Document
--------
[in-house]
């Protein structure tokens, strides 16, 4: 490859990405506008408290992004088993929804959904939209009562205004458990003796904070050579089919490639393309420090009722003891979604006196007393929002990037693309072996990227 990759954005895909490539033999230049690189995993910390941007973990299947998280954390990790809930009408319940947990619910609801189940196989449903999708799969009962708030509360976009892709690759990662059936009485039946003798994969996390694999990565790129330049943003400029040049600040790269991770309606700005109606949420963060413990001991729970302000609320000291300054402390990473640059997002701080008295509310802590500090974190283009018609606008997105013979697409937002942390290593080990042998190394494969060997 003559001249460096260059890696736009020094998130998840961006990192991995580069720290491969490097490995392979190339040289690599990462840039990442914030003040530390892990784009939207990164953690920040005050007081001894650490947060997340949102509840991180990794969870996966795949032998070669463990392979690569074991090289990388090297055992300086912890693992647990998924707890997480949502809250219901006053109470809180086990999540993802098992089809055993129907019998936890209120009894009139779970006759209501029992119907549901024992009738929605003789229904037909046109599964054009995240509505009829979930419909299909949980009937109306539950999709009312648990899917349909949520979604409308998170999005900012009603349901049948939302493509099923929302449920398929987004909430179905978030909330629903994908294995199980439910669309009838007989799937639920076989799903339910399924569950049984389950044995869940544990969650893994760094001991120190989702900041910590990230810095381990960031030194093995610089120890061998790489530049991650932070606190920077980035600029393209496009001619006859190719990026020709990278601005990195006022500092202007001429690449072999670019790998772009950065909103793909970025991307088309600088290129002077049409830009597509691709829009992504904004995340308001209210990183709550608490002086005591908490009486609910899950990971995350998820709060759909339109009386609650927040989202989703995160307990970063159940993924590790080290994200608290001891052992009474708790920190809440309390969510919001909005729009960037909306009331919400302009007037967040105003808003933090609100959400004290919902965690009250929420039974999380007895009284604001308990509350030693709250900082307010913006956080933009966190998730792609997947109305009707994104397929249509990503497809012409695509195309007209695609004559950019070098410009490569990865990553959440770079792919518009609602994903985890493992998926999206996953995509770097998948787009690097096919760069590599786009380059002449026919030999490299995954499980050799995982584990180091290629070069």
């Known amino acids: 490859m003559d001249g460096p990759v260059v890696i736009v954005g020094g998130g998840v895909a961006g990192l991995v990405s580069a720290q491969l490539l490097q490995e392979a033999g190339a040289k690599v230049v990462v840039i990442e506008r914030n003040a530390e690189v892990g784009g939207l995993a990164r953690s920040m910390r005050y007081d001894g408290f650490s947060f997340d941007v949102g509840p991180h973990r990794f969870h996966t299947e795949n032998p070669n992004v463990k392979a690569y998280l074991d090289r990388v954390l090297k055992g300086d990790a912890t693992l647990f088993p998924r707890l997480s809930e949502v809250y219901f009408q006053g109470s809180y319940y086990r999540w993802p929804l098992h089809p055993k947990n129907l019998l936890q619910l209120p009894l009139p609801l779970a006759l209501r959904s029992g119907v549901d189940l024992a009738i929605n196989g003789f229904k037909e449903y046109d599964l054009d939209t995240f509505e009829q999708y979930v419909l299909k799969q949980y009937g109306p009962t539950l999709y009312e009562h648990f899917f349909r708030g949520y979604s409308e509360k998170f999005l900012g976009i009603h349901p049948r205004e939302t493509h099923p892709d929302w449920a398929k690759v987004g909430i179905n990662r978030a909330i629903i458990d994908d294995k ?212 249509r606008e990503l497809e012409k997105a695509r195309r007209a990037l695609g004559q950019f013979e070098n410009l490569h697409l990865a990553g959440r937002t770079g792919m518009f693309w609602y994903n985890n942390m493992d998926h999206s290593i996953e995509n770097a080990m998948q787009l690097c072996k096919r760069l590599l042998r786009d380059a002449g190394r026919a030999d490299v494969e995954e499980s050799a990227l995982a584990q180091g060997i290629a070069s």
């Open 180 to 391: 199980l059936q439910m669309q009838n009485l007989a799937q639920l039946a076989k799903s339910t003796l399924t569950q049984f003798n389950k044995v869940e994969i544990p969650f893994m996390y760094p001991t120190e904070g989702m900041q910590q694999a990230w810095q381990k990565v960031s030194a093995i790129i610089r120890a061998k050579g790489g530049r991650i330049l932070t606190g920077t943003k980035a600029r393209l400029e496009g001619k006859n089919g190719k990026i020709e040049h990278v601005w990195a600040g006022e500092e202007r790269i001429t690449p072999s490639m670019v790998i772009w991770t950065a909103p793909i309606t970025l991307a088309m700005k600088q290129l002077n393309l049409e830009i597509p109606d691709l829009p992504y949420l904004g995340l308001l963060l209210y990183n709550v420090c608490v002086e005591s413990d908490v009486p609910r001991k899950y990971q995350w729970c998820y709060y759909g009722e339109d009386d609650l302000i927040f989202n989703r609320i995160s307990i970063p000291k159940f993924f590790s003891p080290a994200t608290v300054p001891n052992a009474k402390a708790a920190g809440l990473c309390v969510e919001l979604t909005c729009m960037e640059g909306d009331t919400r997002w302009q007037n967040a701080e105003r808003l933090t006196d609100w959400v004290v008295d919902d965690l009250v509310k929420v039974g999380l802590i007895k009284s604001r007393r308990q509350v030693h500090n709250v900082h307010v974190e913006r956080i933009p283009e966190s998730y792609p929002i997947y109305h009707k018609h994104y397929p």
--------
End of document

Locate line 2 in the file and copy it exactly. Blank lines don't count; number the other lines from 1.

């Protein structure tokens, strides 16, 4: 490859990405506008408290992004088993929804959904939209009562205004458990003796904070050579089919490639393309420090009722003891979604006196007393929002990037693309072996990227 990759954005895909490539033999230049690189995993910390941007973990299947998280954390990790809930009408319940947990619910609801189940196989449903999708799969009962708030509360976009892709690759990662059936009485039946003798994969996390694999990565790129330049943003400029040049600040790269991770309606700005109606949420963060413990001991729970302000609320000291300054402390990473640059997002701080008295509310802590500090974190283009018609606008997105013979697409937002942390290593080990042998190394494969060997 003559001249460096260059890696736009020094998130998840961006990192991995580069720290491969490097490995392979190339040289690599990462840039990442914030003040530390892990784009939207990164953690920040005050007081001894650490947060997340949102509840991180990794969870996966795949032998070669463990392979690569074991090289990388090297055992300086912890693992647990998924707890997480949502809250219901006053109470809180086990999540993802098992089809055993129907019998936890209120009894009139779970006759209501029992119907549901024992009738929605003789229904037909046109599964054009995240509505009829979930419909299909949980009937109306539950999709009312648990899917349909949520979604409308998170999005900012009603349901049948939302493509099923929302449920398929987004909430179905978030909330629903994908294995199980439910669309009838007989799937639920076989799903339910399924569950049984389950044995869940544990969650893994760094001991120190989702900041910590990230810095381990960031030194093995610089120890061998790489530049991650932070606190920077980035600029393209496009001619006859190719990026020709990278601005990195006022500092202007001429690449072999670019790998772009950065909103793909970025991307088309600088290129002077049409830009597509691709829009992504904004995340308001209210990183709550608490002086005591908490009486609910899950990971995350998820709060759909339109009386609650927040989202989703995160307990970063159940993924590790080290994200608290001891052992009474708790920190809440309390969510919001909005729009960037909306009331919400302009007037967040105003808003933090609100959400004290919902965690009250929420039974999380007895009284604001308990509350030693709250900082307010913006956080933009966190998730792609997947109305009707994104397929249509990503497809012409695509195309007209695609004559950019070098410009490569990865990553959440770079792919518009609602994903985890493992998926999206996953995509770097998948787009690097096919760069590599786009380059002449026919030999490299995954499980050799995982584990180091290629070069």